According to a social meaning model of nonverbal communication, many nonverbal behaviors have consensually recognized meanings. Two field experiments examined this presumption by investigating the relational message interpretations assigned to differing levels and types of touch, proximity, and posture. Also examined were the possible moderating effects of the communicator characteristics of gender and attractiveness and relationship characteristics of gender composition and status differentials. Results showed that touching typically conveyed more composure, immediacy, receptivity/trust, affection, similarity/depth/equality, dominance, and informality than its absence. The form of touch also mattered, with handholding and face touching expressing the most intimacy, composure, and informality; handholding and the handshake expressing the least dominance, and the handshake conveying the most formality but also receptivity/trust. Postural openness/relaxation paralleled touch in conveying greater intimacy, composure, informality, and similarity but was also less dominant than a closed/tense posture. Close proximity was also more immediate and similar but dominant. Proximity and postural openness together produced differential interpretations of composure, similarity, and affection. Gender initiator attractiveness was more influential than status in moderating interpretations.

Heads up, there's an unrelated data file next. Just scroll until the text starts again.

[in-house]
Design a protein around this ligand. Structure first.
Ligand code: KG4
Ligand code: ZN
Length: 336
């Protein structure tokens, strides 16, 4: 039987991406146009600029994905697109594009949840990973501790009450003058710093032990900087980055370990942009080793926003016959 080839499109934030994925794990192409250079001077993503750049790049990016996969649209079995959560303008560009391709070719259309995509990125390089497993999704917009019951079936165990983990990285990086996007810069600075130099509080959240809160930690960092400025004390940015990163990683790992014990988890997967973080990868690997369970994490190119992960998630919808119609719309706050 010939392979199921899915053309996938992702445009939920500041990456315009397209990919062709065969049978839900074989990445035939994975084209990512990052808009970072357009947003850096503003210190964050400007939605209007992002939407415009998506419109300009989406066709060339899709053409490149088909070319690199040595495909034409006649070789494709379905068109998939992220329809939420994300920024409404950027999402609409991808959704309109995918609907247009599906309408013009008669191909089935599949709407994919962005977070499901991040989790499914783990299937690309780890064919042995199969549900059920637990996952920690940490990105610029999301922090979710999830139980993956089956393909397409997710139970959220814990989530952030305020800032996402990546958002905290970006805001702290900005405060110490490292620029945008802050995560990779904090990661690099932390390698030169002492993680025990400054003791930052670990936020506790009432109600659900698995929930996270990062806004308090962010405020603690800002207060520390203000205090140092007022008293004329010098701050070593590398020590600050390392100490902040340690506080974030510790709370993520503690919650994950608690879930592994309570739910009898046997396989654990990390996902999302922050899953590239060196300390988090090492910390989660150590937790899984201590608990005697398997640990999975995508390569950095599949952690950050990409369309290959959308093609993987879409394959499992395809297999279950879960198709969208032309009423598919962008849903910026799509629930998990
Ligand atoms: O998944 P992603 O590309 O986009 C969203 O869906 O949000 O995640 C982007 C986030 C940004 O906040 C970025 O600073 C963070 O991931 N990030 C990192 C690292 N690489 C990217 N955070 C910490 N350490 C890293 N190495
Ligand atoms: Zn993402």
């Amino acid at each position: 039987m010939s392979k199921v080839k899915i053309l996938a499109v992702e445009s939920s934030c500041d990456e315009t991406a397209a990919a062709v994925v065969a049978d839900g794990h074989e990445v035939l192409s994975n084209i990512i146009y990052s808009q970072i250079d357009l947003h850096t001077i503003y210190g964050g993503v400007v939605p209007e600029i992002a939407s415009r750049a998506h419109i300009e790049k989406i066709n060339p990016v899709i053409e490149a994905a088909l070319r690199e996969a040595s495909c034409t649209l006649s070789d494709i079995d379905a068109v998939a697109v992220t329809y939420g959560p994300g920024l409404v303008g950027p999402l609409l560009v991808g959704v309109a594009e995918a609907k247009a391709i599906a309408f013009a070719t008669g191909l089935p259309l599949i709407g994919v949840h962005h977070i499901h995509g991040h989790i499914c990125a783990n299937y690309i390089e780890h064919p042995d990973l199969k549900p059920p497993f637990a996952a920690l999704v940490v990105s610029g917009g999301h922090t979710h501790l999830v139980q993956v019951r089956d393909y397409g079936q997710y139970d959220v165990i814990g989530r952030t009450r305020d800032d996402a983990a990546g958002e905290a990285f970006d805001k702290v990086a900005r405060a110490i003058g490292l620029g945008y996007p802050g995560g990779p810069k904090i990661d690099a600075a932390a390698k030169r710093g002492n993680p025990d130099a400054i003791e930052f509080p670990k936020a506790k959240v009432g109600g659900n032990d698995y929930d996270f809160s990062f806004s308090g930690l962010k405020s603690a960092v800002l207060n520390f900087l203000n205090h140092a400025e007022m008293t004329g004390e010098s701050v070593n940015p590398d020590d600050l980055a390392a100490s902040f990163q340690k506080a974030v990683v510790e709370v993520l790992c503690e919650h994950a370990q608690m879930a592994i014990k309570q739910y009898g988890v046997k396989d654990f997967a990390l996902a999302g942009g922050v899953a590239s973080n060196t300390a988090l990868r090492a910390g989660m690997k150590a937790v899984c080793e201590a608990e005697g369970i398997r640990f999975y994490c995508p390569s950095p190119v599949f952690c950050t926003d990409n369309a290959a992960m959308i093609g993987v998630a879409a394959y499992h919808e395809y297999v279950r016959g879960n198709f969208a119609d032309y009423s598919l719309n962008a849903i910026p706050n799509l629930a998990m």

ASJC Scopus subject areas
- Social Psychology